Heterosexuality and Military Service

Kramer, Zachary A. | April 11, 2010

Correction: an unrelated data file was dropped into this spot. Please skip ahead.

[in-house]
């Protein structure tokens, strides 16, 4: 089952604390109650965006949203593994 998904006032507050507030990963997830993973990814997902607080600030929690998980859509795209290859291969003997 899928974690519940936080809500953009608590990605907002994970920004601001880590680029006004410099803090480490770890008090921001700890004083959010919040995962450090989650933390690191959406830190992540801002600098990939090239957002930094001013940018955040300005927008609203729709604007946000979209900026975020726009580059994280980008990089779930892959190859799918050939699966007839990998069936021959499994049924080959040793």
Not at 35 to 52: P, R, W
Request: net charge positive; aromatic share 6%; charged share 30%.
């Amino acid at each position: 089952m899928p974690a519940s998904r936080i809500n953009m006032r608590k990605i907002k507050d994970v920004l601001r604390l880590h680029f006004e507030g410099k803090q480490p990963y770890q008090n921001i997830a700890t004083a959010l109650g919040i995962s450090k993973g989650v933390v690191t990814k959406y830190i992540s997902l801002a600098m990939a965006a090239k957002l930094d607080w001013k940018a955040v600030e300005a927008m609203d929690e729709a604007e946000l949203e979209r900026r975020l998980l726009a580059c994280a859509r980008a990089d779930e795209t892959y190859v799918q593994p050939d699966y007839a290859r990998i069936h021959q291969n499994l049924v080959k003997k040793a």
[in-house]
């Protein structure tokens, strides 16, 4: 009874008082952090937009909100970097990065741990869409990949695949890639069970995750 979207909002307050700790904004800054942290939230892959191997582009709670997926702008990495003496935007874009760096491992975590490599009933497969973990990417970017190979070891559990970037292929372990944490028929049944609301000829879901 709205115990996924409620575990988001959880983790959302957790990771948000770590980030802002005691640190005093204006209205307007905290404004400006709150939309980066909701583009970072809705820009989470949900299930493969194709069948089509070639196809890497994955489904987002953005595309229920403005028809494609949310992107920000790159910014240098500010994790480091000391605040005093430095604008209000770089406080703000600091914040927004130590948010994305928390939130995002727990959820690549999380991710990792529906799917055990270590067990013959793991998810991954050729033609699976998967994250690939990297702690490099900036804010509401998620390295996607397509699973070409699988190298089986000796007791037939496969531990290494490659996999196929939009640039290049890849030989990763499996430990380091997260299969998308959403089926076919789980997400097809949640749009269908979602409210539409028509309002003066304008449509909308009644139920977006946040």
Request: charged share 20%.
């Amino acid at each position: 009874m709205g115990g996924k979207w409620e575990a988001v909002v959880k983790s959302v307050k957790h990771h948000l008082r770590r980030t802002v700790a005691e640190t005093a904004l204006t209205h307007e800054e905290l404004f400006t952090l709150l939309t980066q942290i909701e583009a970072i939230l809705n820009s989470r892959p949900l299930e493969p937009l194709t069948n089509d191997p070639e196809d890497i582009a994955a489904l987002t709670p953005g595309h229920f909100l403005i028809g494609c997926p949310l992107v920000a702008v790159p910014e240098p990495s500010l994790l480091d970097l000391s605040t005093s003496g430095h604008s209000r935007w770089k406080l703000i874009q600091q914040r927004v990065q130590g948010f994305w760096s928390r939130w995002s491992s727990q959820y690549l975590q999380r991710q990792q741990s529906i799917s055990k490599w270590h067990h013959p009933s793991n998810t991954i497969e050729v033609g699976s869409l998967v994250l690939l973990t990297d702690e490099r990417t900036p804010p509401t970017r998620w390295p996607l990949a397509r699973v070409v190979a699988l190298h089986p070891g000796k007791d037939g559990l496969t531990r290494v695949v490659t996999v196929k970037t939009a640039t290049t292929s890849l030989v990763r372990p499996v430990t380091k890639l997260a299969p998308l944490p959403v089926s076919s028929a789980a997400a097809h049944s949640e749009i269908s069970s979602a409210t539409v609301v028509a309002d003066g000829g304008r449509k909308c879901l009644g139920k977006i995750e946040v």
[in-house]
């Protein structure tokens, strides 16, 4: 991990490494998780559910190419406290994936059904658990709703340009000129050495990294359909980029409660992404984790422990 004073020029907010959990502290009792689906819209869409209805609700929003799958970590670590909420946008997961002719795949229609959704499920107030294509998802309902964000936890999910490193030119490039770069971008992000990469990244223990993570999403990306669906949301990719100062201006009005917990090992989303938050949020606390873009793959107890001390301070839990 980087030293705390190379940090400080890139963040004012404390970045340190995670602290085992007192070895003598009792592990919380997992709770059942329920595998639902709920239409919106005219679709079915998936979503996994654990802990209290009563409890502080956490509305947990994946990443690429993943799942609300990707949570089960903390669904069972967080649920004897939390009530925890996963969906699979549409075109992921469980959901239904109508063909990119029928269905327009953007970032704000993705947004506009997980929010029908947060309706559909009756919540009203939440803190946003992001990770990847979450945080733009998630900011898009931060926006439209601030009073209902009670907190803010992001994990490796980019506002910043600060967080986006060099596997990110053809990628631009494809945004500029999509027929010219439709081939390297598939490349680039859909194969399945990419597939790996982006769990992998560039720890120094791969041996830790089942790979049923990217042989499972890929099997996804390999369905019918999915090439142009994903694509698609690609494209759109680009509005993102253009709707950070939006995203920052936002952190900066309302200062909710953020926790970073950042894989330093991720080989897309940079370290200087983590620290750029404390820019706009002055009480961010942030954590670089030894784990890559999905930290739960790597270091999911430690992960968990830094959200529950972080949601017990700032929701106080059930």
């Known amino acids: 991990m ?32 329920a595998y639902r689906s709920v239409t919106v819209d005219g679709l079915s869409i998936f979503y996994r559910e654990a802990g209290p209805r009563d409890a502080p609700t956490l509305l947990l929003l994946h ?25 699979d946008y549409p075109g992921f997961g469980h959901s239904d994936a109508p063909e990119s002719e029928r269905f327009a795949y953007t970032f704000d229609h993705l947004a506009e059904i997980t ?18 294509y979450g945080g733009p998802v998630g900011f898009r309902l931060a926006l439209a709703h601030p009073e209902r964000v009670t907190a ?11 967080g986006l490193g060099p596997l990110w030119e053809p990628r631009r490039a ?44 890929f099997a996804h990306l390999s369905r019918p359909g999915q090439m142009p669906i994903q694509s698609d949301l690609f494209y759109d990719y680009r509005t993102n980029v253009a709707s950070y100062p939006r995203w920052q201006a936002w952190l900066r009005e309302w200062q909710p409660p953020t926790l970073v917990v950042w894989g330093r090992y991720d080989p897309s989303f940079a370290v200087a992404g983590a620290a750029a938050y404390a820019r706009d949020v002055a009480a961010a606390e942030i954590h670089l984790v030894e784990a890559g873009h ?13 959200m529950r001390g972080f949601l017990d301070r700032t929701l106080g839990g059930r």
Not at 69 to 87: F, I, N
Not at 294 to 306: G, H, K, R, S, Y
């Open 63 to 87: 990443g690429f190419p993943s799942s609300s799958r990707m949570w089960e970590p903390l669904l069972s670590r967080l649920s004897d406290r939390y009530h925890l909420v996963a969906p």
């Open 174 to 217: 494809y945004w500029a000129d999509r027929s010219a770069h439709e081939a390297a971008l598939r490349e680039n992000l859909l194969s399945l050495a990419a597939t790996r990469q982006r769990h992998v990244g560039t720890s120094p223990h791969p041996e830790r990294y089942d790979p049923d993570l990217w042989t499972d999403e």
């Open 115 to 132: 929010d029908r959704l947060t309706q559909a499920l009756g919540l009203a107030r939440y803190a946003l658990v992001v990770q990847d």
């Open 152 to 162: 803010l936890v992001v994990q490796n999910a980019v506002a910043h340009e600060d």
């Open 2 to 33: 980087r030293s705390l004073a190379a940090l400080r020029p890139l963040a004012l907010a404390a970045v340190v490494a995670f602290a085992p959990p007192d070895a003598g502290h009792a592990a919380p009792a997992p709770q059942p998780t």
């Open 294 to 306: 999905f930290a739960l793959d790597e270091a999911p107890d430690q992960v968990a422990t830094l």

The Kentucky National Guard’s 940th Military Police Company is based in Walton, Kentucky, just south of the Kentucky-Ohio border. In November 2004, in anticipation of its deployment to Iraq, the 940th was mobilized and stationed at Fort Dix, New Jersey. Love was in the air at Fort Dix that fall. While the 940th was preparing for its year of service in Iraq, five couples in the unit got married. Amanda and Todd McCormick were one of those couples. The McCormicks spent their first year of marriage in an active war zone, where their duties included training the Iraqi police force, providing base security, and guarding detainees for the Army. And they did all this without being able to kiss, hold hands, or even be alone together in the same room. Shortly before the unit shipped out to Iraq, the commander of the 940th issued a new policy for the unit. Concerned that sexual relationships would interfere with the work to be done in Iraq, the commander decided to prohibit the members of the 940th from having sex. Under the unit’s new “no contact” policy, members of the 940th could not engage in “sexual contact, hand holding or kissing” while the unit was deployed to Iraq. For the McCormicks and the four other dual-serving couples in the 940th, their marriages did not excuse them from the new policy. According to the memo outlining the policy, although married couples in the unit could have sex on leave, they could not engage in sexual conduct of any kind during active deployment. In the summer of 2005, about halfway through her year of service in Iraq, Amanda McCormick emailed her congressman to complain about her unit’s no contact policy. In the email, she referred to an incident where Todd came to visit her in her living quarters while she was on a down day. Although they were fully dressed and the lights in the room were on, a superior discovered them together and told Todd to leave. The risks of violating the policy were substantial. Simply for being alone together, the McCormicks could have lost rank, had their pay docked, or been put on restricted duty. “We are not allowed to live together. We are not allowed to spend time alone together. Basically, in a nutshell, we are not allowed to be married,” McCormick wrote in the email. All the couple wanted was some private time together. “We are stationed on the same base, in the same unit. Instead of that fact being comforting, it has made us sick with worry.” The McCormicks’ experience in Iraq highlights an underappreciated, if not completely overlooked, fact about military life: the military regulates a considerable amount of heterosexual sex. For the McCormicks and the rest of the 940th, the military completely banned engaging in any kind of sexual conduct while they were deployed to Iraq. This is just one way in which the military regulates heterosexual sex. As this Essay shows, the military’s rules regulating sex come in various shapes and sizes, from blanket rules against sex altogether, like in the McCormicks’ case, to criminal laws targeting specific sexual acts and relationships, to a criminal penalty for becoming pregnant during active duty. The goal of this Essay is to examine the implications of the military’s regulation of heterosexual sex for its current policy toward homosexuality—the “Don’t Ask, Don’t Tell” policy (DADT). Heterosexuality is largely missing from the national debate over DADT, which has heated up in recent months due to President Obama’s open hostility toward the policy. Yet heterosexuality holds the key to understanding why DADT is based on a faulty premise. DADT is built around the idea that because gay sex disrupts unit cohesion—that is, because it prevents service members from forming the bonds of trust needed to succeed in combat—lesbians and gay men cannot be allowed to serve openly in the military. The policy rests on the idea that gay sex is more harmful to military effectiveness than other kinds of sexual conduct. Yet the military’s various rules regulating heterosexual sex are also aimed at protecting unit cohesion. If the military regulates a considerable amount of heterosexual conduct as a means to protect unit cohesion, why does DADT presume that gay sex poses a greater threat to unit cohesion than heterosexual sex? The military’s existing policies regulating heterosexual sex suggest that DADT’s focus on homosexuality is misplaced. What the military thinks of as a problem with homosexuality is really a problem with sexual conduct in general. This Essay makes two distinct contributions to the scholarly literature. First, it provides a new way of approaching the issue of gay military service. To date, the issue of gay service has been debated primarily in terms of whether the presence of openly gay service members would hinder military effectiveness. Indeed, the bulk of scholarly writing on DADT approaches the issue of gay service from this perspective. This Essay breaks from this trend by steering the conversation away from sexual orientation—and, in particular, homosexuality—and refocusing it on sexual conduct. After all, DADT is but one of the military’s many sex regulations, most of which impose considerable restrictions on the sexual lives of service members without regard to sexual orientation. By viewing DADT through this broader lens, this Essay paves the way for a more meaningful conversation about the military’s interest in regulating the sexual conduct of all the men and women serving in the armed forces, not just the ones who engage in same-sex sexual conduct.